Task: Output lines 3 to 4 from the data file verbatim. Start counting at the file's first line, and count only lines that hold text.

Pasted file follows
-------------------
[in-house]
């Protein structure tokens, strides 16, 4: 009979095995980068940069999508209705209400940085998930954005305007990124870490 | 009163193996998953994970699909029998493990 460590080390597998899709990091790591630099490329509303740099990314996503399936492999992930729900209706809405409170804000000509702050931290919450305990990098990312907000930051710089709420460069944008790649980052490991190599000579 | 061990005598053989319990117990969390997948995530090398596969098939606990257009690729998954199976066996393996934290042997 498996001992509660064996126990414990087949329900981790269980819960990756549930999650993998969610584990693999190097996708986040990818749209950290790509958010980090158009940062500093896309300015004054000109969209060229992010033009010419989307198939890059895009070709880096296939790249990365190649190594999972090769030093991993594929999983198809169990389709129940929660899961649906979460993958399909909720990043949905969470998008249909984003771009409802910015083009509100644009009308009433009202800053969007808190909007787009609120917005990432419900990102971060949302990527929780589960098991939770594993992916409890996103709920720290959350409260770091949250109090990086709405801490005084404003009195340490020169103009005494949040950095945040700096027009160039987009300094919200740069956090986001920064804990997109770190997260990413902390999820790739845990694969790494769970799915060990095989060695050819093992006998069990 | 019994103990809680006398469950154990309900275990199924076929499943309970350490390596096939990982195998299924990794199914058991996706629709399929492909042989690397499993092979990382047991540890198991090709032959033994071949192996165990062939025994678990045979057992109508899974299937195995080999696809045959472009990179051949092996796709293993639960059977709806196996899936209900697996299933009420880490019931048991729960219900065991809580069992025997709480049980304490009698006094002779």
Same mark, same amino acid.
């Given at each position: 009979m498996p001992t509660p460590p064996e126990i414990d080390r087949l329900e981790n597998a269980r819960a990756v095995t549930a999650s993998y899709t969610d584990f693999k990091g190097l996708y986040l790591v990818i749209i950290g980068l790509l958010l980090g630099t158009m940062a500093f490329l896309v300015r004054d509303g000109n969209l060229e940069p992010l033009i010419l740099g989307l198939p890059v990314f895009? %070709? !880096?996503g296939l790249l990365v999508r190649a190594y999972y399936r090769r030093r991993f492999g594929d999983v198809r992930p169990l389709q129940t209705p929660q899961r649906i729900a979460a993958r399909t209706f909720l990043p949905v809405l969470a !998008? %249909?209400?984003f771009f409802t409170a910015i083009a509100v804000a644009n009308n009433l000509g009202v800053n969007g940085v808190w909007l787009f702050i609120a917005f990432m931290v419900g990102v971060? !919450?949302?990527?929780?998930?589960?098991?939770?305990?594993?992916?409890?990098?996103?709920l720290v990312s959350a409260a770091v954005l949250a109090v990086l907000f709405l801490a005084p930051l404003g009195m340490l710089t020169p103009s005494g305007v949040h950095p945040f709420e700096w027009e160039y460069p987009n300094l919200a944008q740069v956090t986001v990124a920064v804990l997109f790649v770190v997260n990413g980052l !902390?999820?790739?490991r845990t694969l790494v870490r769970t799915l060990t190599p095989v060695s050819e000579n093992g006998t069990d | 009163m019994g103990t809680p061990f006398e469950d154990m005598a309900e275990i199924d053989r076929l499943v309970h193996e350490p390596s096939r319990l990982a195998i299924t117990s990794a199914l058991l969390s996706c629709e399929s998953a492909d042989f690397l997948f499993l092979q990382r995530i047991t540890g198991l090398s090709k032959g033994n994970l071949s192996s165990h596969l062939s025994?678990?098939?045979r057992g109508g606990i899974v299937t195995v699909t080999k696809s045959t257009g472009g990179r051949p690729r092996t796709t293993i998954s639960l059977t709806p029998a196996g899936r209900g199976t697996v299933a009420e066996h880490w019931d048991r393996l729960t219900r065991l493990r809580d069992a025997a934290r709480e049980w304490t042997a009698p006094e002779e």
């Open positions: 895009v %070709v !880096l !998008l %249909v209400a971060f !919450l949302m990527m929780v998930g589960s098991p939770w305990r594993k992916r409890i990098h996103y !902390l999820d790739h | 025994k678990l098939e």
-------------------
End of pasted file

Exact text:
Same mark, same amino acid.
């Given at each position: 009979m498996p001992t509660p460590p064996e126990i414990d080390r087949l329900e981790n597998a269980r819960a990756v095995t549930a999650s993998y899709t969610d584990f693999k990091g190097l996708y986040l790591v990818i749209i950290g980068l790509l958010l980090g630099t158009m940062a500093f490329l896309v300015r004054d509303g000109n969209l060229e940069p992010l033009i010419l740099g989307l198939p890059v990314f895009? %070709? !880096?996503g296939l790249l990365v999508r190649a190594y999972y399936r090769r030093r991993f492999g594929d999983v198809r992930p169990l389709q129940t209705p929660q899961r649906i729900a979460a993958r399909t209706f909720l990043p949905v809405l969470a !998008? %249909?209400?984003f771009f409802t409170a910015i083009a509100v804000a644009n009308n009433l000509g009202v800053n969007g940085v808190w909007l787009f702050i609120a917005f990432m931290v419900g990102v971060? !919450?949302?990527?929780?998930?589960?098991?939770?305990?594993?992916?409890?990098?996103?709920l720290v990312s959350a409260a770091v954005l949250a109090v990086l907000f709405l801490a005084p930051l404003g009195m340490l710089t020169p103009s005494g305007v949040h950095p945040f709420e700096w027009e160039y460069p987009n300094l919200a944008q740069v956090t986001v990124a920064v804990l997109f790649v770190v997260n990413g980052l !902390?999820?790739?490991r845990t694969l790494v870490r769970t799915l060990t190599p095989v060695s050819e000579n093992g006998t069990d | 009163m019994g103990t809680p061990f006398e469950d154990m005598a309900e275990i199924d053989r076929l499943v309970h193996e350490p390596s096939r319990l990982a195998i299924t117990s990794a199914l058991l969390s996706c629709e399929s998953a492909d042989f690397l997948f499993l092979q990382r995530i047991t540890g198991l090398s090709k032959g033994n994970l071949s192996s165990h596969l062939s025994?678990?098939?045979r057992g109508g606990i899974v299937t195995v699909t080999k696809s045959t257009g472009g990179r051949p690729r092996t796709t293993i998954s639960l059977t709806p029998a196996g899936r209900g199976t697996v299933a009420e066996h880490w019931d048991r393996l729960t219900r065991l493990r809580d069992a025997a934290r709480e049980w304490t042997a009698p006094e002779e």